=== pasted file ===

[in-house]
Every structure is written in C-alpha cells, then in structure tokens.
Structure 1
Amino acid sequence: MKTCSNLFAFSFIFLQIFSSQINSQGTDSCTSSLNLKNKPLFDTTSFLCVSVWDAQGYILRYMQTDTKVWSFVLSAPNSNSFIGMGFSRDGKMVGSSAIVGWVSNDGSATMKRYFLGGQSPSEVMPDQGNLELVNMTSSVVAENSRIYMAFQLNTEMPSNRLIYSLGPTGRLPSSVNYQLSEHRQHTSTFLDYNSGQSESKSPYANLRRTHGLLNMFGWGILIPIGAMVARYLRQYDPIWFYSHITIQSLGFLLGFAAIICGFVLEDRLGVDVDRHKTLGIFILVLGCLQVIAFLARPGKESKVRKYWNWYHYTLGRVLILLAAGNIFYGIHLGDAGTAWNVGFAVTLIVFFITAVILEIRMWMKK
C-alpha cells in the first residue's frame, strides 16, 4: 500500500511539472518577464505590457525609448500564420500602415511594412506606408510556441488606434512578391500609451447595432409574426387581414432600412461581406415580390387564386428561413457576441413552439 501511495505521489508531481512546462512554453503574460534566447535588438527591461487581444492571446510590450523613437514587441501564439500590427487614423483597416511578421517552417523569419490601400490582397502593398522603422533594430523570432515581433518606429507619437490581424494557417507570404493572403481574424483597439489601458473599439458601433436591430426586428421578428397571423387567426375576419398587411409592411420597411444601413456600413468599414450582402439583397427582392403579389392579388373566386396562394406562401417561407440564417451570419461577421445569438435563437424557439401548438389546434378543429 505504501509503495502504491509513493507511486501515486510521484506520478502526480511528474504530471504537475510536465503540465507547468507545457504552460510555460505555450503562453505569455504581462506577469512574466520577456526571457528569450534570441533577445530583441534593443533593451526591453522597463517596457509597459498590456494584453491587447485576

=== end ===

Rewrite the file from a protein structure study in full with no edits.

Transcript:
[in-house]
Every structure is written in C-alpha cells, then in structure tokens.
Structure 1
Amino acid sequence: MKTCSNLFAFSFIFLQIFSSQINSQGTDSCTSSLNLKNKPLFDTTSFLCVSVWDAQGYILRYMQTDTKVWSFVLSAPNSNSFIGMGFSRDGKMVGSSAIVGWVSNDGSATMKRYFLGGQSPSEVMPDQGNLELVNMTSSVVAENSRIYMAFQLNTEMPSNRLIYSLGPTGRLPSSVNYQLSEHRQHTSTFLDYNSGQSESKSPYANLRRTHGLLNMFGWGILIPIGAMVARYLRQYDPIWFYSHITIQSLGFLLGFAAIICGFVLEDRLGVDVDRHKTLGIFILVLGCLQVIAFLARPGKESKVRKYWNWYHYTLGRVLILLAAGNIFYGIHLGDAGTAWNVGFAVTLIVFFITAVILEIRMWMKK
C-alpha cells in the first residue's frame, strides 16, 4: 500500500511539472518577464505590457525609448500564420500602415511594412506606408510556441488606434512578391500609451447595432409574426387581414432600412461581406415580390387564386428561413457576441413552439 501511495505521489508531481512546462512554453503574460534566447535588438527591461487581444492571446510590450523613437514587441501564439500590427487614423483597416511578421517552417523569419490601400490582397502593398522603422533594430523570432515581433518606429507619437490581424494557417507570404493572403481574424483597439489601458473599439458601433436591430426586428421578428397571423387567426375576419398587411409592411420597411444601413456600413468599414450582402439583397427582392403579389392579388373566386396562394406562401417561407440564417451570419461577421445569438435563437424557439401548438389546434378543429 505504501509503495502504491509513493507511486501515486510521484506520478502526480511528474504530471504537475510536465503540465507547468507545457504552460510555460505555450503562453505569455504581462506577469512574466520577456526571457528569450534570441533577445530583441534593443533593451526591453522597463517596457509597459498590456494584453491587447485576